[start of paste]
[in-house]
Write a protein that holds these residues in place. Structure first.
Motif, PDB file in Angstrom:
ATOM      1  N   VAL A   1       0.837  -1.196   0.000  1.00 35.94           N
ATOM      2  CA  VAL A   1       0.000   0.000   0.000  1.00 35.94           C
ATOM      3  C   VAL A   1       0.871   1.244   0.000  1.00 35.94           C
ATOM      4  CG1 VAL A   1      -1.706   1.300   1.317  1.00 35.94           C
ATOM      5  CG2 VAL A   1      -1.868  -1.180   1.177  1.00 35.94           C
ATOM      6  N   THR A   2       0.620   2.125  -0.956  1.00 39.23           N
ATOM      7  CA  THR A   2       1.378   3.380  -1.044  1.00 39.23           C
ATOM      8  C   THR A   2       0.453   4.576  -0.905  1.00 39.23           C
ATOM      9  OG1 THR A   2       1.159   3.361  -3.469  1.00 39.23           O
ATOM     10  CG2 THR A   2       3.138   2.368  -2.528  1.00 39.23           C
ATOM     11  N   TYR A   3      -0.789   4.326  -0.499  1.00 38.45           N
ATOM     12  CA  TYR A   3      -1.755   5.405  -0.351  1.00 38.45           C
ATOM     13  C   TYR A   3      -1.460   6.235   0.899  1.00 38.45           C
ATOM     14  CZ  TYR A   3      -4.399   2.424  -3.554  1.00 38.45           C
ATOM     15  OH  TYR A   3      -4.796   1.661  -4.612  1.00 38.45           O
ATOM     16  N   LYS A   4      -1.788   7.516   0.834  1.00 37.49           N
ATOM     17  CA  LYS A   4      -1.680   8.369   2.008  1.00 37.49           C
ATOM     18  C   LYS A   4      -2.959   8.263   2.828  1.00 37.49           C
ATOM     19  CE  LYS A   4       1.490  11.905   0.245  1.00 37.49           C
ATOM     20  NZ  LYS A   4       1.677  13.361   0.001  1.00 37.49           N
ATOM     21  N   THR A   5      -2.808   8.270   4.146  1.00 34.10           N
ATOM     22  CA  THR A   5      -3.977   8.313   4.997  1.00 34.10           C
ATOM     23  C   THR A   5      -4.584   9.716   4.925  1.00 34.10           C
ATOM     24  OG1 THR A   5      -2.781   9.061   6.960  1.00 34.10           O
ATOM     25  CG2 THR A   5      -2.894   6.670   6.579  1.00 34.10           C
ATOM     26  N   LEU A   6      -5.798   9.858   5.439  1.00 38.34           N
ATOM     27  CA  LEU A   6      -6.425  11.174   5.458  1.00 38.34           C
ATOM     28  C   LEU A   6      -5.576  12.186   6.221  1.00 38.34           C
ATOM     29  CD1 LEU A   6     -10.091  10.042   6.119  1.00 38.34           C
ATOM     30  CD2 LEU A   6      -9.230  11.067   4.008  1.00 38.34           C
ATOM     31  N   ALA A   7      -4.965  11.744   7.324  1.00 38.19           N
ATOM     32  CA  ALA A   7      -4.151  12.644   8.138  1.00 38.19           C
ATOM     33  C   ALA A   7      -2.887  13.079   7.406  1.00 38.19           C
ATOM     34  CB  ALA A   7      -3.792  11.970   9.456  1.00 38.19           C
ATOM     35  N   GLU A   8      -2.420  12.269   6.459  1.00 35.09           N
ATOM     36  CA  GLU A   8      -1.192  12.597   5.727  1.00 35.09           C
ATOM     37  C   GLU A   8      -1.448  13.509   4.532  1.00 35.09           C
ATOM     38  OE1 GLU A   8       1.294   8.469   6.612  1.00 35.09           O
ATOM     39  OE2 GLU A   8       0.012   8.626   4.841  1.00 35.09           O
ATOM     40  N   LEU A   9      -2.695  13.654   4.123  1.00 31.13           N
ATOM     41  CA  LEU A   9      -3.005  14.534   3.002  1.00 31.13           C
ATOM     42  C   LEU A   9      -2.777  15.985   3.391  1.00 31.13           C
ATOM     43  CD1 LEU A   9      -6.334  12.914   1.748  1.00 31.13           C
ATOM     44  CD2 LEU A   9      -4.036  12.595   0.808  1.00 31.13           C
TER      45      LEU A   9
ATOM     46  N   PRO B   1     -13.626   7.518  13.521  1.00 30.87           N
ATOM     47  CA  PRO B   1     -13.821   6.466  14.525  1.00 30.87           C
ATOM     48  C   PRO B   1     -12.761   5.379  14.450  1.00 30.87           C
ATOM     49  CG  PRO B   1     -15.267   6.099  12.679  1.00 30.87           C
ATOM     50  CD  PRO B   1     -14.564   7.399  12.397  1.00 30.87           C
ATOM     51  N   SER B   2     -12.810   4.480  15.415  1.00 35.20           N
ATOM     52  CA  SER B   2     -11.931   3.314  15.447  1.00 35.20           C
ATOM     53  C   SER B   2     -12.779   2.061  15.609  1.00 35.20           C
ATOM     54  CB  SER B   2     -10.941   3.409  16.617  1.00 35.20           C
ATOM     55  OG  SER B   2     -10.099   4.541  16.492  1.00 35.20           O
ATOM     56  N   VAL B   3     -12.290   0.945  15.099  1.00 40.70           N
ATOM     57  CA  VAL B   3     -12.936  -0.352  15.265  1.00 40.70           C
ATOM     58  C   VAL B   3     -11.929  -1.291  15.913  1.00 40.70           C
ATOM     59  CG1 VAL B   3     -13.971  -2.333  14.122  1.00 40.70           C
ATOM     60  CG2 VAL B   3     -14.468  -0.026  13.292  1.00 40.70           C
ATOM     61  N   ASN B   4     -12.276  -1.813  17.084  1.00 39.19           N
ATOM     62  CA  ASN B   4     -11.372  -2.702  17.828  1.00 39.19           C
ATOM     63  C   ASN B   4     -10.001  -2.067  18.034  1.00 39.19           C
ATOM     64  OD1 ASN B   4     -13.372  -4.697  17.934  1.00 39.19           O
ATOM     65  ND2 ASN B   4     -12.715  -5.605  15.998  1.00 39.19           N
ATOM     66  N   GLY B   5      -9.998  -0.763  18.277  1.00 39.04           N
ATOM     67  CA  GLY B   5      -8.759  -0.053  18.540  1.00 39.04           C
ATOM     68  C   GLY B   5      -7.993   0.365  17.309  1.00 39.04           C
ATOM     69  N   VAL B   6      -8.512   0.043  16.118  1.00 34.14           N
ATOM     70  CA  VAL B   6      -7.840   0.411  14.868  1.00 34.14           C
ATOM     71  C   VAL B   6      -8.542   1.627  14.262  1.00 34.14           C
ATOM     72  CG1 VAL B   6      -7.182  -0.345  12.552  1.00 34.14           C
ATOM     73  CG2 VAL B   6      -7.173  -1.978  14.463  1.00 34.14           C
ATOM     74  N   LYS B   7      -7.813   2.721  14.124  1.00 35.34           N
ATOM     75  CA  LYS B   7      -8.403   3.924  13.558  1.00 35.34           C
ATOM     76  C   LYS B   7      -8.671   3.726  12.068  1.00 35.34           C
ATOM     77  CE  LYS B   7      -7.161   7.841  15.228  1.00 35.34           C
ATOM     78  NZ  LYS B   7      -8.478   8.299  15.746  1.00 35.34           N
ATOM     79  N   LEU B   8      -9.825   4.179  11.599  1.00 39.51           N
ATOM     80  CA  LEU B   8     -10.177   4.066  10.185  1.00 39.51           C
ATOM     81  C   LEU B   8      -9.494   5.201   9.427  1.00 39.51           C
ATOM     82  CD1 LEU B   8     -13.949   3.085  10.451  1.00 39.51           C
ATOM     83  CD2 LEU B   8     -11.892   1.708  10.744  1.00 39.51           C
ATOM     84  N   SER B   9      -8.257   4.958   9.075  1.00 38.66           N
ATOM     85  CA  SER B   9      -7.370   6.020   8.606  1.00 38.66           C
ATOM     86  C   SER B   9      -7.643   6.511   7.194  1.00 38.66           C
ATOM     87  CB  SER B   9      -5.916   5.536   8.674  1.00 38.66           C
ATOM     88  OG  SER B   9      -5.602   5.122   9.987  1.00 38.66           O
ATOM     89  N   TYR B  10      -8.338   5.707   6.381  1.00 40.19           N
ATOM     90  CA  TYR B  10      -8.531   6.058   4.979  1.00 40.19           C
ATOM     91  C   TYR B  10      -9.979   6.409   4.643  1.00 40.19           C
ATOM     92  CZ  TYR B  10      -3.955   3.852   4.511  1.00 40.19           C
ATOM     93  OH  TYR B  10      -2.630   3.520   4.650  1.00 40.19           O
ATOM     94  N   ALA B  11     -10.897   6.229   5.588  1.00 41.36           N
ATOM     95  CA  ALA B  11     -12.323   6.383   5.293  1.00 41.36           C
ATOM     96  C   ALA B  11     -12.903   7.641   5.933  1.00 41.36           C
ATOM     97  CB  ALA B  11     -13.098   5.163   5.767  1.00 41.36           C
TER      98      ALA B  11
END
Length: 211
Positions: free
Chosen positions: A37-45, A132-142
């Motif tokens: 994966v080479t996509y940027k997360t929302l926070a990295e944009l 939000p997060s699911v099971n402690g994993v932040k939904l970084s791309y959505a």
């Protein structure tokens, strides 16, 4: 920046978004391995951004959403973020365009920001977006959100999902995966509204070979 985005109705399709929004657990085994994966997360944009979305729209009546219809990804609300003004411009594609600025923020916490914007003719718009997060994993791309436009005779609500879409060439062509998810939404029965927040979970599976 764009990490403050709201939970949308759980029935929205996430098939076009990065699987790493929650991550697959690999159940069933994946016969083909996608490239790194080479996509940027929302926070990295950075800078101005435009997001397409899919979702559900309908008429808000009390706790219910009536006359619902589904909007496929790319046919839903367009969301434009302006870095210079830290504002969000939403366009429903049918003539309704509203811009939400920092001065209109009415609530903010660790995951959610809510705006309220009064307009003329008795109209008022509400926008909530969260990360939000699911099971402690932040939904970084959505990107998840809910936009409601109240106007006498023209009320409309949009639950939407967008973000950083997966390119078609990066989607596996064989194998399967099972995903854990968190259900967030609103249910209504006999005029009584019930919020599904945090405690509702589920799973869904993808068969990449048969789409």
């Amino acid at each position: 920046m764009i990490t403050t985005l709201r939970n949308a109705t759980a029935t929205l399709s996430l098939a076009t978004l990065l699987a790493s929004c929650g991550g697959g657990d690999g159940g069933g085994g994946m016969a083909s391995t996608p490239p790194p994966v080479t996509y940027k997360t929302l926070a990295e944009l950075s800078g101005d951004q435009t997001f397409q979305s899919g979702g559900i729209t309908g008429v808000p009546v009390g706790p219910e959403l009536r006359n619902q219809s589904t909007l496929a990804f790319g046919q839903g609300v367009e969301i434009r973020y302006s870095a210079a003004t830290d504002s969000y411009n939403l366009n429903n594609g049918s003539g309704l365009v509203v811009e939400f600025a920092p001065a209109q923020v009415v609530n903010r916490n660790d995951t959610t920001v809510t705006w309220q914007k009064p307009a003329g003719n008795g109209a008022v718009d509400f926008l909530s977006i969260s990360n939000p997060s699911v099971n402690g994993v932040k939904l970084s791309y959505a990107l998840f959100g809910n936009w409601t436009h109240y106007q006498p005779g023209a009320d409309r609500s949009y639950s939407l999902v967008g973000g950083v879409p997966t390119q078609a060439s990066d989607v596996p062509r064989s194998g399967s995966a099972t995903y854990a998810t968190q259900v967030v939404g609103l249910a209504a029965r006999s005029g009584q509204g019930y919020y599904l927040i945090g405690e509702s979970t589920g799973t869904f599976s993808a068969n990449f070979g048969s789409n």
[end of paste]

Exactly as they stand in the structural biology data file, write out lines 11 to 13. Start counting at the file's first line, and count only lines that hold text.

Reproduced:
ATOM      8  C   THR A   2       0.453   4.576  -0.905  1.00 39.23           C
ATOM      9  OG1 THR A   2       1.159   3.361  -3.469  1.00 39.23           O
ATOM     10  CG2 THR A   2       3.138   2.368  -2.528  1.00 39.23           C